The unabridged reading is performed by Bernard Clark and Kristin Kalbli, and clocks in at an impressive 16 hours and 5 minutes. I didn’t realize I wrote that much, but then, I never thought to sit down and read it aloud from beginning to end, either.

I was talking with fellow scribe Mike Underwood at BEA yesterday about audiobooks, and he said it’s quite a surreal experience to have someone read your writing back to you. I’ve no doubt that Bernard and Kristin did a fantastic job exploring the worlds of Weatherby and Jain, but I imagine I’ll either sit completely still for 16 hours as I revel in someone reading my work…or quit after 10 minutes because, well, the voices don’t match the ones in my head.

That sounds bad. You know what I mean, right?

Either way, if you’re into audiobooks, click and pre-order. And if you’re still waiting for The Daedalus Incident to come out in print and pixels…well, between you and me, stay tuned. There may be some good news soon…! So if you want to pre-order the print version, click here and scroll down for a list of online booksellers. Or go to your local bookstore, ask them to pre-order it and support small business!

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A new look for the site

It’s been a few years, so I figured it was well and truly time for this site to get a face lift and spring cleaning. The awesome header and background images are courtesy of Arvin Concepcion of Concepcion Design Studio. Arvin also helped me wrap my head around the new fonts you see here, as well as the new drop-down menus. Arvin’s a very talented designer and all around computer genius, and this won’t be the last you see of his work, I can promise you.

Both The Daedalus Incident and The Gravity of the Affair have their own pages under the “Writing” tab, and my media section got a little more managable after I split it up into different pages. I’m still working on better integrating The Beer Fridge into the rest of the site so that it looks like it belongs, while still providing a separate blog for all things beer. And there may be some busted links and 404 errors here and there. I’m hunting those down as well.

Anyway, click around and enjoy! And as a reminder, I start publishing excerpts of Gravity on Tuesday, so be sure to come back then for your first peek at the Known Worlds setting and the trials and tribulations of a young Horatio Nelson.

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On writing, my publisher and travel

So before I get to the big news, I wanted to point out that I’ve got a new post up on the Night Bazaar, talking about breaking the rules of writing. It’s been an interesting discussion over there, so go check it out.

All right. If you follow SF/F books and publishing on line, you’ve likely heard that my publisher, Night Shade Books, is in the process of having its assets acquired by a larger company, Skyhorse Publishing. Yes, The Daedalus Incident is an asset. (Probably better than being considered a liability, I suppose.)

The deal is contingent on a majority of Night Shade authors agreeing to Skyhorse’s acquisition terms for their individual books. If the deal falls through, Night Shade is likely to declare bankruptcy. If that happens, all operations would freeze and no books would be published, and nobody would get any money. The Science Fiction and Fantasy Writers of America (man, that membership fee has already paid for itself) has supported the deal, and worked incredibly hard to ride herd on everything. I’m very grateful to them.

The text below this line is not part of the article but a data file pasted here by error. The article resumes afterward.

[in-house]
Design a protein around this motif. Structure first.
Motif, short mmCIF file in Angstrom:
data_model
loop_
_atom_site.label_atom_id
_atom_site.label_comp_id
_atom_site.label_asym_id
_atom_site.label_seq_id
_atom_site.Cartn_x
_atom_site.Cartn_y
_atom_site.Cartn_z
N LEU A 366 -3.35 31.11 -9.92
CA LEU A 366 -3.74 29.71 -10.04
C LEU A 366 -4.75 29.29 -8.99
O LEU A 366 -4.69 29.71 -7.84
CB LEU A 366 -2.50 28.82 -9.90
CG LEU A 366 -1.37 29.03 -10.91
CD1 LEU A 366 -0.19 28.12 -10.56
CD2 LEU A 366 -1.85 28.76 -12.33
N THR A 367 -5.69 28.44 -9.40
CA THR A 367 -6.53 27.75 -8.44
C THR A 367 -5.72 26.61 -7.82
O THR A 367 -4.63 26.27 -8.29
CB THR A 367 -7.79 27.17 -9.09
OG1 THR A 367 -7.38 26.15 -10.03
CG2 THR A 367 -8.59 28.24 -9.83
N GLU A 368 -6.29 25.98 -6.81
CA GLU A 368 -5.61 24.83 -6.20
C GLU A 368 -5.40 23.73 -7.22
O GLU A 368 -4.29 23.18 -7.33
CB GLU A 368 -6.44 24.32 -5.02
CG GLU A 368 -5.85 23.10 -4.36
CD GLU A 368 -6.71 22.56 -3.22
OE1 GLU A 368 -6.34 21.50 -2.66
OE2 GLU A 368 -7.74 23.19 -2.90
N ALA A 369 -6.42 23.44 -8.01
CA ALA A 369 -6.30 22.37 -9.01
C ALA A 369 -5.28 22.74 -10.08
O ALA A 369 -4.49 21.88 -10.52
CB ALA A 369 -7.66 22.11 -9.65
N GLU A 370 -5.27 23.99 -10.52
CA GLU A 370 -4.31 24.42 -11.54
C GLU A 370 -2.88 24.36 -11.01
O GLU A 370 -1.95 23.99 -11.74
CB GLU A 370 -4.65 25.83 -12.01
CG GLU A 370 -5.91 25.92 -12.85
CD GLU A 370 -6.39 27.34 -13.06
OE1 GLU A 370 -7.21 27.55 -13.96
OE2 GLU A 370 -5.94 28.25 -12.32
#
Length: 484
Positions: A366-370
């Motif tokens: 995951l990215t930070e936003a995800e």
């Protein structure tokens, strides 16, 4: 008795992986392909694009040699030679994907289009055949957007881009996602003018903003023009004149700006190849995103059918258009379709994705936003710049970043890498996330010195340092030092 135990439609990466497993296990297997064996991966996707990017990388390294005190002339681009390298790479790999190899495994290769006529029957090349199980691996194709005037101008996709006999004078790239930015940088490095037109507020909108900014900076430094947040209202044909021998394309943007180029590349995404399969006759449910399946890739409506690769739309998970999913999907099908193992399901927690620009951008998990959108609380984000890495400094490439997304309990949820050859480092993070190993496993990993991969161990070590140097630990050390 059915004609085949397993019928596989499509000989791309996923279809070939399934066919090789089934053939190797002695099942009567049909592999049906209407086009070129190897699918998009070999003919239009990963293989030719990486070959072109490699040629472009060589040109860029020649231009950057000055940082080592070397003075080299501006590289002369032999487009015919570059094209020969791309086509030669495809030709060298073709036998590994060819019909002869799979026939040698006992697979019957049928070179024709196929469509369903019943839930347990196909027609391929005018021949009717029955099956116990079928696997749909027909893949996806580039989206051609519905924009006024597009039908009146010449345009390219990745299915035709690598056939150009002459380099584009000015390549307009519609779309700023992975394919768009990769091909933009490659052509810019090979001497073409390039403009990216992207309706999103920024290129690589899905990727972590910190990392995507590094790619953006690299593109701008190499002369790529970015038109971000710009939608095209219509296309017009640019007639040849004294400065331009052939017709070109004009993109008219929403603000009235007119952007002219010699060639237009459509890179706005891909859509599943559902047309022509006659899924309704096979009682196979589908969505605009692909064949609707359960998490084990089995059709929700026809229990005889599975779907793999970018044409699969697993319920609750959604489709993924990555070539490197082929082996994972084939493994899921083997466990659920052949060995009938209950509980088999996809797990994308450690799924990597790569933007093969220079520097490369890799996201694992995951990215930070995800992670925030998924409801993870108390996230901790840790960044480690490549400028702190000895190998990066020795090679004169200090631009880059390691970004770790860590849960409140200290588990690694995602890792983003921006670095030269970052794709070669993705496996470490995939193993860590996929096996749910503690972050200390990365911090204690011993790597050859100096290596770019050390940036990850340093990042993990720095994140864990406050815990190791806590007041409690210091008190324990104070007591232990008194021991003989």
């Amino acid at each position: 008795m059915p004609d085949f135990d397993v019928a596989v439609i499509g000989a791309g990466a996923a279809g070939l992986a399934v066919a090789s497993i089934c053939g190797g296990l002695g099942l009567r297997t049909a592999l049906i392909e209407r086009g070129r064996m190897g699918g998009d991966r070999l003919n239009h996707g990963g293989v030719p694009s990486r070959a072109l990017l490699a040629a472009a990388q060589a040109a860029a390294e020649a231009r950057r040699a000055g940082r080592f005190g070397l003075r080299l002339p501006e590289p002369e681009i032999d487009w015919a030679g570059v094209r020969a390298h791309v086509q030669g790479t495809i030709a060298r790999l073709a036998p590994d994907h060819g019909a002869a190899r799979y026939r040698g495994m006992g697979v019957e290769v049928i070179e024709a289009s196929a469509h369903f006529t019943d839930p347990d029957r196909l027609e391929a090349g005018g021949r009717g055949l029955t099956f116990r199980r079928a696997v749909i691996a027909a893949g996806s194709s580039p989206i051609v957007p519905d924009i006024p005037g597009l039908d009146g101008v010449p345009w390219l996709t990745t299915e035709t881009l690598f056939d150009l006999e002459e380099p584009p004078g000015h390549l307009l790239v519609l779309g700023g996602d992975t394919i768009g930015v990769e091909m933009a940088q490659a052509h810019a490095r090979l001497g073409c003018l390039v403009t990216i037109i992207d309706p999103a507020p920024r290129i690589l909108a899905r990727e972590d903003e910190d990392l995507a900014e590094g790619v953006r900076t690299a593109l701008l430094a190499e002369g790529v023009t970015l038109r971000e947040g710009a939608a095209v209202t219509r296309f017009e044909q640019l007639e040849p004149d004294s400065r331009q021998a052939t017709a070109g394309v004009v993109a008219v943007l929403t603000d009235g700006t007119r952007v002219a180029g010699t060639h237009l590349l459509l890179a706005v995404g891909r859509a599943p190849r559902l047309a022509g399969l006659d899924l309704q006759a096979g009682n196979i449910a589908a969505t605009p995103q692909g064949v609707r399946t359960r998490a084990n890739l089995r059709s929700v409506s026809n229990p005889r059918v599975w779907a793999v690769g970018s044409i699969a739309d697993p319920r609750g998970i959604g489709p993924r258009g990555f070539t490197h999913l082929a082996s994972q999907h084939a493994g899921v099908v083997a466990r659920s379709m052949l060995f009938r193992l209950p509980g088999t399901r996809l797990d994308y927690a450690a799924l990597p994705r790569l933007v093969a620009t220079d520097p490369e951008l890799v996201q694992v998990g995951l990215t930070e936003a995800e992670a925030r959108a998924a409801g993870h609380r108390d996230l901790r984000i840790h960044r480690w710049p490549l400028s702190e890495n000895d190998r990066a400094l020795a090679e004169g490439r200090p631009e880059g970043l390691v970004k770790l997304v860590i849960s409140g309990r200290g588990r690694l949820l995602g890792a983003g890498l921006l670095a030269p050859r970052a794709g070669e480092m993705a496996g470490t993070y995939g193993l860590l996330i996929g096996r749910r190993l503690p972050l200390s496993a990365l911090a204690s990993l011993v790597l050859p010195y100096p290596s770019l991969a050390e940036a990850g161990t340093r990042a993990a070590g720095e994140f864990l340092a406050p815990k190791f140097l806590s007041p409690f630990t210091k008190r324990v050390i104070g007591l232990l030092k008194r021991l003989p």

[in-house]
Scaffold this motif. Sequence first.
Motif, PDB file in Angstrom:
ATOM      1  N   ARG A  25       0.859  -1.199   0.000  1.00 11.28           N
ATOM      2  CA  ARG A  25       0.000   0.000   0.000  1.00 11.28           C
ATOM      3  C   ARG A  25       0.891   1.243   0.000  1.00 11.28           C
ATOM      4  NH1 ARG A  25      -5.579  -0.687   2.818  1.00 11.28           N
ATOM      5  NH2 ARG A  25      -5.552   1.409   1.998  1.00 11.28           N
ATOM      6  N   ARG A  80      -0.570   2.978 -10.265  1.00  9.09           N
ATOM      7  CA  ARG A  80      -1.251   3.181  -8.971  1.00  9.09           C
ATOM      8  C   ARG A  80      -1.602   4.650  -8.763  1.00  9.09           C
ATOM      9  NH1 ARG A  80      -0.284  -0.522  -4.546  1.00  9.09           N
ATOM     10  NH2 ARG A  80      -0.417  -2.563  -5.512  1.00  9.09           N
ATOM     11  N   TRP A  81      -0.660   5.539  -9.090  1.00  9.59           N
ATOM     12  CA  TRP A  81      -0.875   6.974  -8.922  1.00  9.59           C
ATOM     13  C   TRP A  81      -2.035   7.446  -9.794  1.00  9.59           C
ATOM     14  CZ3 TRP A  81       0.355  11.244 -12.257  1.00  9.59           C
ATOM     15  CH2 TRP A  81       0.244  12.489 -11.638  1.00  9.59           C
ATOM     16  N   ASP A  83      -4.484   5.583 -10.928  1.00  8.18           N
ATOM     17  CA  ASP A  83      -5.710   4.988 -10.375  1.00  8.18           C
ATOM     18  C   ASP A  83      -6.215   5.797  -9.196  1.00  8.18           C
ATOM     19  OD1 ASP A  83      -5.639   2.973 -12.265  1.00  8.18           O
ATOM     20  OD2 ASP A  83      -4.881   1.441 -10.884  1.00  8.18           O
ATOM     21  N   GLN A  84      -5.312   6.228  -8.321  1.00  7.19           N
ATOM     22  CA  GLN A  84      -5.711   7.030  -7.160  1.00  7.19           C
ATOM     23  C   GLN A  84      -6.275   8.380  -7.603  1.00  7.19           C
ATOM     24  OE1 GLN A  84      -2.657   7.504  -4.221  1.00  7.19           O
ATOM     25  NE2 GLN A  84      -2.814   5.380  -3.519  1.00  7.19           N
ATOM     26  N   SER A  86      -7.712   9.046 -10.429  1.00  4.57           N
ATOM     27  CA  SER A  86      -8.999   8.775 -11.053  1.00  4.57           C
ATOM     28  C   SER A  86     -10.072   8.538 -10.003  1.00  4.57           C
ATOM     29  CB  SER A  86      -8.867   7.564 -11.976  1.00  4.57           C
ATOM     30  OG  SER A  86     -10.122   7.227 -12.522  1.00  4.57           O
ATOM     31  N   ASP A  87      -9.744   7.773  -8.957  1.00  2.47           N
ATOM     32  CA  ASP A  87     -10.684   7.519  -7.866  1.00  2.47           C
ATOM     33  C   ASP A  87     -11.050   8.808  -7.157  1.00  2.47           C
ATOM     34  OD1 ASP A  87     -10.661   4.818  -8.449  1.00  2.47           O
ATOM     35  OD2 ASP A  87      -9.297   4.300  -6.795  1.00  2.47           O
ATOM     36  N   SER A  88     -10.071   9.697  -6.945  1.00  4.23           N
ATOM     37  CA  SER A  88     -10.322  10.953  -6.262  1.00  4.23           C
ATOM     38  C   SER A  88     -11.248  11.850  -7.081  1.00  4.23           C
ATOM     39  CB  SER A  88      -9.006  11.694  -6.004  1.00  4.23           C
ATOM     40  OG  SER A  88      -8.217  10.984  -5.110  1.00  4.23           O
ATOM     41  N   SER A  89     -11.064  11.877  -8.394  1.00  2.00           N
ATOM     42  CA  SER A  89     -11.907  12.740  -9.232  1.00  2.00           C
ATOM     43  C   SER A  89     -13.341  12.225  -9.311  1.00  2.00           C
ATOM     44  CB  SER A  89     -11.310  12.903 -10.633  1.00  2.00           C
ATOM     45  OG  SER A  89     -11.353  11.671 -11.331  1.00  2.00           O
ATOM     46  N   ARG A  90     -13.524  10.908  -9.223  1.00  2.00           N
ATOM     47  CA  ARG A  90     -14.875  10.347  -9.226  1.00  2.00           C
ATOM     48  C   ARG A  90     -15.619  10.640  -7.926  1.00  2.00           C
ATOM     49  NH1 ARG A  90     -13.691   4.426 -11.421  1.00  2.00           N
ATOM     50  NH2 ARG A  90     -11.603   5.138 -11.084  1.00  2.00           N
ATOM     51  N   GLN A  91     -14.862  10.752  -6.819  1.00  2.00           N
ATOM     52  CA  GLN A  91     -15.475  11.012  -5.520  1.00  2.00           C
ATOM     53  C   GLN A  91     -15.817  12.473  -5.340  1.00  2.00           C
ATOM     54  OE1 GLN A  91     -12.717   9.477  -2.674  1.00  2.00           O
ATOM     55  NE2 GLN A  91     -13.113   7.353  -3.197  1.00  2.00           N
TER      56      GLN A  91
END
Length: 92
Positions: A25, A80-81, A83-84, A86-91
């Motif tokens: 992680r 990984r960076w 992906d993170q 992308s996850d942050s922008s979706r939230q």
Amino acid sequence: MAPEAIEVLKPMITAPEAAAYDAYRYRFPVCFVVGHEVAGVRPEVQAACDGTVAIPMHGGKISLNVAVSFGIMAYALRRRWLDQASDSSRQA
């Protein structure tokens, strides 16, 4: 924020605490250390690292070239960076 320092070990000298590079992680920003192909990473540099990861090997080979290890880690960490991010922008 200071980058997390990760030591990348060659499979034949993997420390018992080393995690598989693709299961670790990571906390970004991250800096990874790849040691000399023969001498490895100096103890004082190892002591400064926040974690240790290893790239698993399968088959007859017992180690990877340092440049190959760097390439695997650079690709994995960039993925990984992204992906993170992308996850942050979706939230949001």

As for me, all I’m willing to say is that my incredibly talented and hard-working agent, Sara Megibow, is reviewing everything with her usual diligence. Right now, I’m going to assume The Daedalus Incident will hit stores as scheduled on May 7. Reviewers have their copies, I have a full slate of guest blogs, interviews and promotional efforts, and I’m hopeful you’ll all have a chance to enjoy the adventures of HMS Daedalus and the McAuliffe Base mining colony on Mars in about a month.

In the meantime, I’m going to be off on a very different adventure. I’m heading to Japan for a vacation with the family, something we’ve wanted to do for a while now. I’m sure I’ll be tweeting some thoughts and pics while I’m there, and I’ll try to keep up with the blog as well. The real expert on travel is my wife Kate, so if you want to see what we’re up to, you should follow her blog and her Twitter for all the details!

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Live podcast Monday night at 10 p.m. Eastern!

I must’ve done a decent job my first time out, because Jay and the SupaFi64 guys are having me back on the podcast. In fact, this is a live show that starts at 10 p.m. Eastern on Monday night; you can listen in live at www.BlogTalkRadio.com/SupaFi64. If for whatever reason you have something better to do on a Monday night (but really, what would that even be?), you can download the podcast via iTunes as usual, or check out the archives on their site.

I’ll obviously be talking about The Daedalus Incident, and may have some hits about another project in the works. This is a great show with smart and enthusiastic hosts, so tune in or download!

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Double Feature: SFSignal and Night Bazaar

Got a couple of guest blogs to point you to today. First up, I’m participating in another Mind Meld over at SFSignal. This time, we’re talking about food in science fiction and fantasy. While the question posits that fantasy treats food better than sci-fi, I think neither really does a great job of developing unique foods, and cultures around food, as part of their settings. Think I’m wrong? Post a comment! And many thanks to everyone at SFSignal for asking me back. It’s a great site. You should totally read it.

Also, I’m back on the Night Bazaar, Night Shade Books’ author blog. This week, we’re tackling politics because, you know, they don’t like to make it easy on us. When can we debate the merits of Internet cat videos? (John Scalzi found this one, which my entire family can’t stop watching.)

While I’m at it, I want to thank to Con or Bust auction winner Daryl Maxwell, who paid a whopping $40 for a signed galley of The Daedalus Incident. I say whopping because it lists for $15.99, nobody’s read or reviewed it yet, and I’m a debut author with zero track record. So that was a lovely leap of faith on Daryl’s part, and it’s for a good cause. Plus, I got to sign my first-ever copy of the book, which was a pretty cool thing to do.